September 29, 2013


So, I'm pretty much done with my cosplay for NYCC. YAY. I have to say, it's been pretty fun to flex my crafting muscles again. It's been so long since I did something crafty for the sake of crafting- especially something that doesn't involve food. I forgot what it was like to get into the zone; it's very zen. And there's something to be said about having paint- and glue-splattered fingers and not caring. I just wish I had more time for it. And a house elf to clean up after me.

Anyway, TARDIS dress is complete! Well, mostly. I might add a little something later on. But that's not important. If you can use tape and wield a paint brush, you too can make a TARDIS dress (or TARDIS anything else. I think more guys should dress up as the TARDIS. I've seen a couple really awesome male TARDIS cosplays). It's a bit involved, but not hard, not in the least.
You want to start with a blue dress. Any dress, although you want to stick with cotton or a cotton blend because that works best with fabric paint and iron on transfers. I gravitated towards the peplum style, because it just felt very architectural and TARDIS-y, but style doesn't really matter much. Anything comfortable (and as cheap as you can get is your best bet). I got this from Forever 21 for about $20.

First things first: always, always wash clothes before modding them. New clothes are treated with stain resistors that will also resist glues, paints, and dyes. I've actually used this to make some cool tie-dye patterns in the past, but that's not helping us here. Follow the directions on the tag, or when in doubt- wash on a gentle cycle with mild detergent.

Lay your clean and dry dress out on a flat surface. Put cardboard inside to prevent the paint bleeding through, then center the dress as best you can. Make sure all the seams are matched up. It'll prevent things from getting wibbley-wobbley.
Next is the most time consuming part: the taping. Just use regular blue painter's tape (I only had the really thick kind, so I had to cut it down and it was really annoying). Start by taping down the center of the dress. This will help you orient things.

Then, divide just the skirt into equal squares. The size of your squares is going to depend on the dress, and your own personal preference. I measured things out, tried the dress on, measured things while wearing the dress, took off the dress and measured some more. There's no such thing as too much measuring. Anyway, my final estimate was to have the squares be 8 inches, with an inch and half between them. Again, you might need to use different measurements. Measure, measure, measure.

Then tape inside the squares, leaving a half inch strip. That's the strip we're going to paint, so make sure to keep things even.

When all four squares are taped off, tape diagonally from corner to corner. I originally saw this tip here, and I loved it so much I had to try it myself. This is going to help give us panels with a more 3-D look.
Now's when the paint brush skills come into play. The first half of the panels, paint with a dark blue fabric paint (I used Navy, but just make sure it's significantly darker than your dress), then let that dry completely, about four hours. Move the tape so you can paint the bottom half of the panels.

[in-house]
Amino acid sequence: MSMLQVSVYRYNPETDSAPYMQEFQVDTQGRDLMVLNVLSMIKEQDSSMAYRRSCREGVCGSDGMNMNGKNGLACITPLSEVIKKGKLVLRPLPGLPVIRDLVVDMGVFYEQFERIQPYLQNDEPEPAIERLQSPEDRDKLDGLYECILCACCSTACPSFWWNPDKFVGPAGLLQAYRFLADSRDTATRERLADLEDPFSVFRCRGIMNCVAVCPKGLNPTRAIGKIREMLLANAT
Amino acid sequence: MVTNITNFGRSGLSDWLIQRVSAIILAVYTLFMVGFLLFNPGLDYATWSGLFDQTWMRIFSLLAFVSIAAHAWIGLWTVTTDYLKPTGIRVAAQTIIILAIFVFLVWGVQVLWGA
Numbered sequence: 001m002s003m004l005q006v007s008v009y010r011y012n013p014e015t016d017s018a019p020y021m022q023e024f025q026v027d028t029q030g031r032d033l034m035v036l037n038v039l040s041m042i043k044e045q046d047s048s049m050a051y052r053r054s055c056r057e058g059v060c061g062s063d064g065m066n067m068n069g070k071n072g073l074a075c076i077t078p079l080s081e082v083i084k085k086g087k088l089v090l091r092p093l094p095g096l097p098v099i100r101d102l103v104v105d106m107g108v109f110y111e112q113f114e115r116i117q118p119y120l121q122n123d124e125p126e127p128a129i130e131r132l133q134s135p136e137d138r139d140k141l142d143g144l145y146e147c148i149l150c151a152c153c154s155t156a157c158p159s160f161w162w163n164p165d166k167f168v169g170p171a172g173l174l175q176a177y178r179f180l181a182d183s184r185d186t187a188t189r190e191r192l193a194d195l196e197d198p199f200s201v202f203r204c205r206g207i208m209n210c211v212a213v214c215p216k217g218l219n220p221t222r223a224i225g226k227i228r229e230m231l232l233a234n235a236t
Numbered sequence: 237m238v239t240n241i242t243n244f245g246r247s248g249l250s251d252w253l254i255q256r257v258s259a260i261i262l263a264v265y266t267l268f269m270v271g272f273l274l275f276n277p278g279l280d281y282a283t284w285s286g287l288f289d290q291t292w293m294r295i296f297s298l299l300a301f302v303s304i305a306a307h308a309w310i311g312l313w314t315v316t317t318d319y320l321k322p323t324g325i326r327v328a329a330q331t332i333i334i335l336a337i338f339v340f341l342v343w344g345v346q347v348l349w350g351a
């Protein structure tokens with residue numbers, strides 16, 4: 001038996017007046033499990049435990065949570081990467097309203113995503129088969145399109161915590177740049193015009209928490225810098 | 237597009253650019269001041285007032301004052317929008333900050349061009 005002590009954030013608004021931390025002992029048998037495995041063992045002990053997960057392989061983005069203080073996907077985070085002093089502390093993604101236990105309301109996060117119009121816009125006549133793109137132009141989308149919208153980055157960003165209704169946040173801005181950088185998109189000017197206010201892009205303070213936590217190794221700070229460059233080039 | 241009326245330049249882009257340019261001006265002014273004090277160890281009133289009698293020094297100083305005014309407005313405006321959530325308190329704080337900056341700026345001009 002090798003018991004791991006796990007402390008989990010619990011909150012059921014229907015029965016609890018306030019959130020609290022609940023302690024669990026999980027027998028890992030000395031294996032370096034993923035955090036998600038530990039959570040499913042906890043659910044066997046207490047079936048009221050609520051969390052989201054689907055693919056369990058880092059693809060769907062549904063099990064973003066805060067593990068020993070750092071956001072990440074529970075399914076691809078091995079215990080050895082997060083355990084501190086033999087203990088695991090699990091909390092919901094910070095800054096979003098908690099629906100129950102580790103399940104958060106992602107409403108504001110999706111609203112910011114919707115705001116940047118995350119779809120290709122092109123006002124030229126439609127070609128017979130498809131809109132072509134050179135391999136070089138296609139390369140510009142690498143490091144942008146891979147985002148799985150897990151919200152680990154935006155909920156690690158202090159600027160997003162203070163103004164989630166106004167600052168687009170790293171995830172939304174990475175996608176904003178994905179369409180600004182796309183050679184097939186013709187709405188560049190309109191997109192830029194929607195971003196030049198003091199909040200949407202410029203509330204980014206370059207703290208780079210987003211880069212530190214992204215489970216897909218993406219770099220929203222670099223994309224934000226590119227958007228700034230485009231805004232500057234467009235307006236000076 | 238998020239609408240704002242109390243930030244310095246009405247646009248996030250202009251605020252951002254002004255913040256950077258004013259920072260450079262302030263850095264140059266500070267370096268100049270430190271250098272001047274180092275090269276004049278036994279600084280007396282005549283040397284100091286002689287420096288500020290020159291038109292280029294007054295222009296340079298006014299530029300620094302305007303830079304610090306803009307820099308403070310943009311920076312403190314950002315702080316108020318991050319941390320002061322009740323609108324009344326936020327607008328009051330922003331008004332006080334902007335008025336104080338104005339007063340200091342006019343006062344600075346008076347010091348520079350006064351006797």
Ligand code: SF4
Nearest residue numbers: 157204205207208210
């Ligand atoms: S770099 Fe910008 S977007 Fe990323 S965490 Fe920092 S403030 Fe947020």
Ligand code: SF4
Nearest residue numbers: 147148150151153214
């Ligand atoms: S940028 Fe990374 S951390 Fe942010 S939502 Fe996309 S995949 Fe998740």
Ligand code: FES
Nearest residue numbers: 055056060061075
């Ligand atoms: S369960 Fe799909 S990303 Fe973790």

Now, in the tutorial I linked above, she used a light blue paint for the bottom corners, but the light blue paint that I bought wasn't light enough and ended up blending into the fabric. But I had just so happened to pick up some blue glitter (extra fine, from Michaels. The color was Sapphire), thinking I could totally find someplace on the dress to use it. I certainly did.

Paint the panel with fabric or tacky glue like you did the paint. Cover completely with glitter. Allow to dry, then shake off the excess. Then seal in the glitter with glossy mod podge (any other will dull the glitter. I don't know about you, but I want my glitter to really shine. I learned this tip here). Let that dry until it's clear, and remove the painter's tape.
The panels came out really cool. They're hard to see in the full dress pictures, so here's some TARDIS panel eye candy for you. I'm kind of in love with these panels, okay?
Since I'm using a peplum style dress, I also had the top skirty part to do. Tape and paint the panels in the same way. For the pull to open sign, and the St. John's Ambulance medallion, I printed them on iron-on transfer paper, then ironed them onto adhesive-backed felt. You can iron them right onto the dress, but since the skirt has a flare, it's next to impossible to get the fabric completely flat (the panels got a bit wonky when I was painting them, but you can't really tell), and putting it on felt first just gave me a little added security. Just make sure to size them to fit inside the panels. Always print out a test first so you can see how it works, and measure, measure, measure.

The pull to open printable I used is here, and the St. John's Ambulance logo can be found here.
All we've got left are the windows. I used white adhesive backed felt. Just cut t down to squares the same size as your panels (mine were 8 inches). Then I outlined the windows with black glitter ribbon, because glitter, and separated the panes with thin black duct tape I found at Michaels. You can use more duct tape if you don't have glitter ribbon. This is the kind of stuff that I own.

And that's all there is to it. Remember, I already made the top hat, so I don't have to add the "Police Public Call Box" sign.
Sorry, no selfie this time. Because that would have involved changing out of my sweat pants. And my hair was a mess, and just no.

But did you know that there's actually a TARDIS dress commercially available for Halloween this year? And it's actually kind of awful. It's weird looking, and doesn't come with anything except the dress. Total gyp, in my opinion. Especially when it's so easy to make your own.